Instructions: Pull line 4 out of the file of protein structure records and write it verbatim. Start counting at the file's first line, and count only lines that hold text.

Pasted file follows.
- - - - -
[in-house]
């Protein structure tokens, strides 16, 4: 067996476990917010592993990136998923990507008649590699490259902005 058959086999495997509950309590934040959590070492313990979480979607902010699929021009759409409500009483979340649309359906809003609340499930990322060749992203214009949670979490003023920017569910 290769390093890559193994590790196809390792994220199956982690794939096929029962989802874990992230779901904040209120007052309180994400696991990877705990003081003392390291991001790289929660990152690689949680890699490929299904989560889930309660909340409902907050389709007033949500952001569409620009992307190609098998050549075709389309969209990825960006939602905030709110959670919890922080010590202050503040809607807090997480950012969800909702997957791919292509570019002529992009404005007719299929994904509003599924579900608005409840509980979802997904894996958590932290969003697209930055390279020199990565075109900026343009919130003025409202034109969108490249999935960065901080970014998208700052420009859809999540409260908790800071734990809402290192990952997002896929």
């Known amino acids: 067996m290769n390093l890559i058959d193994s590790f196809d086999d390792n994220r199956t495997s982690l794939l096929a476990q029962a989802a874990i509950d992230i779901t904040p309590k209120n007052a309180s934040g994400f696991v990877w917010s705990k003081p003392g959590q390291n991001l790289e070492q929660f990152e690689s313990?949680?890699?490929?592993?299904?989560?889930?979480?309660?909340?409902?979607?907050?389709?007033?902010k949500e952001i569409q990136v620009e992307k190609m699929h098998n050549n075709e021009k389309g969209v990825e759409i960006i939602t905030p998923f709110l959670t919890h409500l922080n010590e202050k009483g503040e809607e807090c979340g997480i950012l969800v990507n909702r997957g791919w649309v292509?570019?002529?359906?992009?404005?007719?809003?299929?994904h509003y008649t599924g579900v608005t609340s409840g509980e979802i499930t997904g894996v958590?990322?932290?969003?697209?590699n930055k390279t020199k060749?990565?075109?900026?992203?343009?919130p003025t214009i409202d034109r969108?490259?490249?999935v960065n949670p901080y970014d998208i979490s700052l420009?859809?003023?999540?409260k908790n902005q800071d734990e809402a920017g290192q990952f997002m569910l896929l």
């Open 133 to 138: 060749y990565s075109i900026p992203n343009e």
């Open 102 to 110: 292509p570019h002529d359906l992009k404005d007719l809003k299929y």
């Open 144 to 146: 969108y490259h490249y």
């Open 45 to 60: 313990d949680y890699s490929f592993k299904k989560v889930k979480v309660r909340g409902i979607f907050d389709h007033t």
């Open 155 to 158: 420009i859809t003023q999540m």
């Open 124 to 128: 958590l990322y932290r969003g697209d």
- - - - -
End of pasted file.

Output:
């Open 133 to 138: 060749y990565s075109i900026p992203n343009e």